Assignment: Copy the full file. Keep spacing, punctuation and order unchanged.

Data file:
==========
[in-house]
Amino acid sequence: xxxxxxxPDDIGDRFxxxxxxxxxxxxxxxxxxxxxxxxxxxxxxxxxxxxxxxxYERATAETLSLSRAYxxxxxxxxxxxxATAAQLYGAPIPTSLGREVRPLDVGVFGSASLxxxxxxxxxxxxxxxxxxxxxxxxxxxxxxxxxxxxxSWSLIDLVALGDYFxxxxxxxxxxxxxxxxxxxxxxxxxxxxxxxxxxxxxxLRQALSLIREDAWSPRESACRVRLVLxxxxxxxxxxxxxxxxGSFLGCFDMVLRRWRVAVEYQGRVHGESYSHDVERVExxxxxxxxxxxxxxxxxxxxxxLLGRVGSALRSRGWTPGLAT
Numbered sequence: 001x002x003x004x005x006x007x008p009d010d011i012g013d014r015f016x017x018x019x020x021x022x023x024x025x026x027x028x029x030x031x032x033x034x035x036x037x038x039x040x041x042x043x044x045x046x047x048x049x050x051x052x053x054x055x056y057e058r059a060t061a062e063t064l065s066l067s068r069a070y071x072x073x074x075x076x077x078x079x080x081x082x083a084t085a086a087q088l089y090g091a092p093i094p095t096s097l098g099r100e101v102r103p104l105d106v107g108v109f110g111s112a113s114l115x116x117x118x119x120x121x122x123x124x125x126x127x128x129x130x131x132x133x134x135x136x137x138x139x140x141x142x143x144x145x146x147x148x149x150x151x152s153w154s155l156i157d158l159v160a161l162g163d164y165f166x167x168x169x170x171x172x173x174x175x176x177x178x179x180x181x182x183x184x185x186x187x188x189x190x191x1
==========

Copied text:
[in-house]
Amino acid sequence: xxxxxxxPDDIGDRFxxxxxxxxxxxxxxxxxxxxxxxxxxxxxxxxxxxxxxxxYERATAETLSLSRAYxxxxxxxxxxxxATAAQLYGAPIPTSLGREVRPLDVGVFGSASLxxxxxxxxxxxxxxxxxxxxxxxxxxxxxxxxxxxxxSWSLIDLVALGDYFxxxxxxxxxxxxxxxxxxxxxxxxxxxxxxxxxxxxxxLRQALSLIREDAWSPRESACRVRLVLxxxxxxxxxxxxxxxxGSFLGCFDMVLRRWRVAVEYQGRVHGESYSHDVERVExxxxxxxxxxxxxxxxxxxxxxLLGRVGSALRSRGWTPGLAT
Numbered sequence: 001x002x003x004x005x006x007x008p009d010d011i012g013d014r015f016x017x018x019x020x021x022x023x024x025x026x027x028x029x030x031x032x033x034x035x036x037x038x039x040x041x042x043x044x045x046x047x048x049x050x051x052x053x054x055x056y057e058r059a060t061a062e063t064l065s066l067s068r069a070y071x072x073x074x075x076x077x078x079x080x081x082x083a084t085a086a087q088l089y090g091a092p093i094p095t096s097l098g099r100e101v102r103p104l105d106v107g108v109f110g111s112a113s114l115x116x117x118x119x120x121x122x123x124x125x126x127x128x129x130x131x132x133x134x135x136x137x138x139x140x141x142x143x144x145x146x147x148x149x150x151x152s153w154s155l156i157d158l159v160a161l162g163d164y165f166x167x168x169x170x171x172x173x174x175x176x177x178x179x180x181x182x183x184x185x186x187x188x189x190x191x1